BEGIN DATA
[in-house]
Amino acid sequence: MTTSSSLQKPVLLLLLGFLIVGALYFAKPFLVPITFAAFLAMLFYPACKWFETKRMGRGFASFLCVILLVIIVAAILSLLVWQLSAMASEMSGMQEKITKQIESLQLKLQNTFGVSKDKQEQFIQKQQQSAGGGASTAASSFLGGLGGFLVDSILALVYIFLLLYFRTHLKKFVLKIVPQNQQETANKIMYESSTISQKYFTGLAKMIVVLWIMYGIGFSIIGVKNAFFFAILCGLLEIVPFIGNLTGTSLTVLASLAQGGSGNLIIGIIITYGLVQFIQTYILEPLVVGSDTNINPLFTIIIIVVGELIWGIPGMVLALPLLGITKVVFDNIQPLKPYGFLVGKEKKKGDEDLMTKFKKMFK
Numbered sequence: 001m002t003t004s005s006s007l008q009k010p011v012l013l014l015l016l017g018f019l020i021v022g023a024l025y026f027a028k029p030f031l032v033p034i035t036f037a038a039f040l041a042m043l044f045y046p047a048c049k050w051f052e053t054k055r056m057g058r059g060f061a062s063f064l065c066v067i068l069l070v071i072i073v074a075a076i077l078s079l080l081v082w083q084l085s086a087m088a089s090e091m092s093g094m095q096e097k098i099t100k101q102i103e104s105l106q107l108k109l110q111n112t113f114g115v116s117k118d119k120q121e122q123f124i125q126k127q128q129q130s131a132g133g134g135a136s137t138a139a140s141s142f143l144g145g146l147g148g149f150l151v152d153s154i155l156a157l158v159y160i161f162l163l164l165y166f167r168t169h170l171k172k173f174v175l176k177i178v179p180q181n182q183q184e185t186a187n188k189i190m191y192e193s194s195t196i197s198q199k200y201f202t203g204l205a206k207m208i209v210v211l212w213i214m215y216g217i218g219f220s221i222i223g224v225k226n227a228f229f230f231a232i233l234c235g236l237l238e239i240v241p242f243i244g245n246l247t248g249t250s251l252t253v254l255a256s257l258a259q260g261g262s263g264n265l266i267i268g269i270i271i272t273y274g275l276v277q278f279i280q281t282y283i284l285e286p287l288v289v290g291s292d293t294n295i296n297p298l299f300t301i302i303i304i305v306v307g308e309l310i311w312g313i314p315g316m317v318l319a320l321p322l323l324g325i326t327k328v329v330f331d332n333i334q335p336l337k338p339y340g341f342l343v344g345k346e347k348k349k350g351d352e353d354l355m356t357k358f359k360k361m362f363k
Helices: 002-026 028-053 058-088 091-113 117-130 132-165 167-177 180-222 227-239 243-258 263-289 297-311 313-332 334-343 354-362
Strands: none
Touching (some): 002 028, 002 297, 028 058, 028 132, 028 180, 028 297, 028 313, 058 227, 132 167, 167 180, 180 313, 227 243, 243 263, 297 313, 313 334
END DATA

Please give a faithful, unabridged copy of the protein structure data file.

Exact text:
[in-house]
Amino acid sequence: MTTSSSLQKPVLLLLLGFLIVGALYFAKPFLVPITFAAFLAMLFYPACKWFETKRMGRGFASFLCVILLVIIVAAILSLLVWQLSAMASEMSGMQEKITKQIESLQLKLQNTFGVSKDKQEQFIQKQQQSAGGGASTAASSFLGGLGGFLVDSILALVYIFLLLYFRTHLKKFVLKIVPQNQQETANKIMYESSTISQKYFTGLAKMIVVLWIMYGIGFSIIGVKNAFFFAILCGLLEIVPFIGNLTGTSLTVLASLAQGGSGNLIIGIIITYGLVQFIQTYILEPLVVGSDTNINPLFTIIIIVVGELIWGIPGMVLALPLLGITKVVFDNIQPLKPYGFLVGKEKKKGDEDLMTKFKKMFK
Numbered sequence: 001m002t003t004s005s006s007l008q009k010p011v012l013l014l015l016l017g018f019l020i021v022g023a024l025y026f027a028k029p030f031l032v033p034i035t036f037a038a039f040l041a042m043l044f045y046p047a048c049k050w051f052e053t054k055r056m057g058r059g060f061a062s063f064l065c066v067i068l069l070v071i072i073v074a075a076i077l078s079l080l081v082w083q084l085s086a087m088a089s090e091m092s093g094m095q096e097k098i099t100k101q102i103e104s105l106q107l108k109l110q111n112t113f114g115v116s117k118d119k120q121e122q123f124i125q126k127q128q129q130s131a132g133g134g135a136s137t138a139a140s141s142f143l144g145g146l147g148g149f150l151v152d153s154i155l156a157l158v159y160i161f162l163l164l165y166f167r168t169h170l171k172k173f174v175l176k177i178v179p180q181n182q183q184e185t186a187n188k189i190m191y192e193s194s195t196i197s198q199k200y201f202t203g204l205a206k207m208i209v210v211l212w213i214m215y216g217i218g219f220s221i222i223g224v225k226n227a228f229f230f231a232i233l234c235g236l237l238e239i240v241p242f243i244g245n246l247t248g249t250s251l252t253v254l255a256s257l258a259q260g261g262s263g264n265l266i267i268g269i270i271i272t273y274g275l276v277q278f279i280q281t282y283i284l285e286p287l288v289v290g291s292d293t294n295i296n297p298l299f300t301i302i303i304i305v306v307g308e309l310i311w312g313i314p315g316m317v318l319a320l321p322l323l324g325i326t327k328v329v330f331d332n333i334q335p336l337k338p339y340g341f342l343v344g345k346e347k348k349k350g351d352e353d354l355m356t357k358f359k360k361m362f363k
Helices: 002-026 028-053 058-088 091-113 117-130 132-165 167-177 180-222 227-239 243-258 263-289 297-311 313-332 334-343 354-362
Strands: none
Touching (some): 002 028, 002 297, 028 058, 028 132, 028 180, 028 297, 028 313, 058 227, 132 167, 167 180, 180 313, 227 243, 243 263, 297 313, 313 334